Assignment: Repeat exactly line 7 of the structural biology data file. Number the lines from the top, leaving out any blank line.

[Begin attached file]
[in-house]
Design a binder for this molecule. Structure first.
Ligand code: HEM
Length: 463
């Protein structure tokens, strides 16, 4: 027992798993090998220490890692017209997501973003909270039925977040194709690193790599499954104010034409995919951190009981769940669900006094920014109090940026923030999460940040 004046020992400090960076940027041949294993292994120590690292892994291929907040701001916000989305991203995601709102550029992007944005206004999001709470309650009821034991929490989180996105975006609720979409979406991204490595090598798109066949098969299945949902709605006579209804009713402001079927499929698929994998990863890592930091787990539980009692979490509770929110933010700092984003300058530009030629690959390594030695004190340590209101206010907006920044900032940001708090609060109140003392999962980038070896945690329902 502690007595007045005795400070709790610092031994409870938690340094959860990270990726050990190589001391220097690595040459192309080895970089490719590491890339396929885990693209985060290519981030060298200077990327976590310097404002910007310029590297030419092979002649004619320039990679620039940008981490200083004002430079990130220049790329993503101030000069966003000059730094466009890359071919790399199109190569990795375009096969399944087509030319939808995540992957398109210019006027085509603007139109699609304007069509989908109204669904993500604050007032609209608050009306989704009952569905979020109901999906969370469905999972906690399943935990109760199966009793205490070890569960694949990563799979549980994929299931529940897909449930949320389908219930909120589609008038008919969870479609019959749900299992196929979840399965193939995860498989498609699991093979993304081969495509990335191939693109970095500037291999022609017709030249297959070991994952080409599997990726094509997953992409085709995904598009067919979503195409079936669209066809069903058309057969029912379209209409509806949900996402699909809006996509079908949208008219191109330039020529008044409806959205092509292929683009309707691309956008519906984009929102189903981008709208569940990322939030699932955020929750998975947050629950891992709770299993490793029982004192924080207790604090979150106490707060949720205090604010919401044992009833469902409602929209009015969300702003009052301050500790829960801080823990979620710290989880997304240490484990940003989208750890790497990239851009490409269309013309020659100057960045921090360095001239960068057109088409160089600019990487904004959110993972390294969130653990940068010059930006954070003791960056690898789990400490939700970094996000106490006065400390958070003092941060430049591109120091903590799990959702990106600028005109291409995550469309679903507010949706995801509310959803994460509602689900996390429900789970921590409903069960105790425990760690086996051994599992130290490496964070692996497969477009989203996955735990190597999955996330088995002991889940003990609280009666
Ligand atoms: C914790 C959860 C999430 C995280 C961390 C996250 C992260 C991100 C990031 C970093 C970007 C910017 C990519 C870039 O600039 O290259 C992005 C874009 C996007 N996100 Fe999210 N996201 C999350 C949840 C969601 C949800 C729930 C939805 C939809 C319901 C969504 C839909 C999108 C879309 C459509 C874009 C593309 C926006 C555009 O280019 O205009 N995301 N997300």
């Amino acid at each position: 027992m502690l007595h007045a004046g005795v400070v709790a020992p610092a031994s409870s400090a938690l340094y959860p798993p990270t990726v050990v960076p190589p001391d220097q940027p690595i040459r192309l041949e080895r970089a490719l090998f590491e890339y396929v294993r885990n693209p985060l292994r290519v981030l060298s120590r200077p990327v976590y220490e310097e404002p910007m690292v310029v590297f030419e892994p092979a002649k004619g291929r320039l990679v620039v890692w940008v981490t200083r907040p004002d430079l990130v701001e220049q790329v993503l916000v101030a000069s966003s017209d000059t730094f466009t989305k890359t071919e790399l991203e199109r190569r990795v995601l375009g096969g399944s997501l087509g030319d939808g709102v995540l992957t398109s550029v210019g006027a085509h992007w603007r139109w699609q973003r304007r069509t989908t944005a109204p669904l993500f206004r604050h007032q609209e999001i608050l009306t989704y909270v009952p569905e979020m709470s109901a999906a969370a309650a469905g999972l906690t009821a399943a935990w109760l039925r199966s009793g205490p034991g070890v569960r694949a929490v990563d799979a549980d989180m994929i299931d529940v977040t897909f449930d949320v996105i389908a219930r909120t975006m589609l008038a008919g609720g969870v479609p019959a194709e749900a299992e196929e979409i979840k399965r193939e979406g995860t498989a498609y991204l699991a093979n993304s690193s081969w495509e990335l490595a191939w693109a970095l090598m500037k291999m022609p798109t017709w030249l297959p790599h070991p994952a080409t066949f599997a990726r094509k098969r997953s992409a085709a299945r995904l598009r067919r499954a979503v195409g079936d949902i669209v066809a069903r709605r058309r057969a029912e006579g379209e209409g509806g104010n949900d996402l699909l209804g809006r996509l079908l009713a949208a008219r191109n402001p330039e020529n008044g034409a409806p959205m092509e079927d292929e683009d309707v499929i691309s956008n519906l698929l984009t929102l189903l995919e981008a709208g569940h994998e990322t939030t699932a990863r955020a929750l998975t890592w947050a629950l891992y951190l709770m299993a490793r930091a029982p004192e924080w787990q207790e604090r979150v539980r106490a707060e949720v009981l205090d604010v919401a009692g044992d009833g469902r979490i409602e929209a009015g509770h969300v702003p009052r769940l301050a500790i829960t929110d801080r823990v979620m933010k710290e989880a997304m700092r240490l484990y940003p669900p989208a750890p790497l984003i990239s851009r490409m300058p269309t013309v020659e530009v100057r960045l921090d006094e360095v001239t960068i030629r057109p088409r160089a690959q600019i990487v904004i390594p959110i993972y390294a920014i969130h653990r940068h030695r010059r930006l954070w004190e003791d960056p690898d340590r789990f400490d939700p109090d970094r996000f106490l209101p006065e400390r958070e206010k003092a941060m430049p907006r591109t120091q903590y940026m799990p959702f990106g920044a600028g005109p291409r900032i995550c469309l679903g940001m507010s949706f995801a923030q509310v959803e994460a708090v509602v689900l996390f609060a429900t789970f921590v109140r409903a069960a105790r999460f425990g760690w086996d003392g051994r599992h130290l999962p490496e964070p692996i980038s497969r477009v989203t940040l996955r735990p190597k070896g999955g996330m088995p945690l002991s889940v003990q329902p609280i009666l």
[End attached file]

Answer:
């Amino acid at each position: 027992m502690l007595h007045a004046g005795v400070v709790a020992p610092a031994s409870s400090a938690l340094y959860p798993p990270t990726v050990v960076p190589p001391d220097q940027p690595i040459r192309l041949e080895r970089a490719l090998f590491e890339y396929v294993r885990n693209p985060l292994r290519v981030l060298s120590r200077p990327v976590y220490e310097e404002p910007m690292v310029v590297f030419e892994p092979a002649k004619g291929r320039l990679v620039v890692w940008v981490t200083r907040p004002d430079l990130v701001e220049q790329v993503l916000v101030a000069s966003s017209d000059t730094f466009t989305k890359t071919e790399l991203e199109r190569r990795v995601l375009g096969g399944s997501l087509g030319d939808g709102v995540l992957t398109s550029v210019g006027a085509h992007w603007r139109w699609q973003r304007r069509t989908t944005a109204p669904l993500f206004r604050h007032q609209e999001i608050l009306t989704y909270v009952p569905e979020m709470s109901a999906a969370a309650a469905g999972l906690t009821a399943a935990w109760l039925r199966s009793g205490p034991g070890v569960r694949a929490v990563d799979a549980d989180m994929i299931d529940v977040t897909f449930d949320v996105i389908a219930r909120t975006m589609l008038a008919g609720g969870v479609p019959a194709e749900a299992e196929e979409i979840k399965r193939e979406g995860t498989a498609y991204l699991a093979n993304s690193s081969w495509e990335l490595a191939w693109a970095l090598m500037k291999m022609p798109t017709w030249l297959p790599h070991p994952a080409t066949f599997a990726r094509k098969r997953s992409a085709a299945r995904l598009r067919r499954a979503v195409g079936d949902i669209v066809a069903r709605r058309r057969a029912e006579g379209e209409g509806g104010n949900d996402l699909l209804g809006r996509l079908l009713a949208a008219r191109n402001p330039e020529n008044g034409a409806p959205m092509e079927d292929e683009d309707v499929i691309s956008n519906l698929l984009t929102l189903l995919e981008a709208g569940h994998e990322t939030t699932a990863r955020a929750l998975t890592w947050a629950l891992y951190l709770m299993a490793r930091a029982p004192e924080w787990q207790e604090r979150v539980r106490a707060e949720v009981l205090d604010v919401a009692g044992d009833g469902r979490i409602e929209a009015g509770h969300v702003p009052r769940l301050a500790i829960t929110d801080r823990v979620m933010k710290e989880a997304m700092r240490l484990y940003p669900p989208a750890p790497l984003i990239s851009r490409m300058p269309t013309v020659e530009v100057r960045l921090d006094e360095v001239t960068i030629r057109p088409r160089a690959q600019i990487v904004i390594p959110i993972y390294a920014i969130h653990r940068h030695r010059r930006l954070w004190e003791d960056p690898d340590r789990f400490d939700p109090d970094r996000f106490l209101p006065e400390r958070e206010k003092a941060m430049p907006r591109t120091q903590y940026m799990p959702f990106g920044a600028g005109p291409r900032i995550c469309l679903g940001m507010s949706f995801a923030q509310v959803e994460a708090v509602v689900l996390f609060a429900t789970f921590v109140r409903a069960a105790r999460f425990g760690w086996d003392g051994r599992h130290l999962p490496e964070p692996i980038s497969r477009v989203t940040l996955r735990p190597k070896g999955g996330m088995p945690l002991s889940v003990q329902p609280i009666l």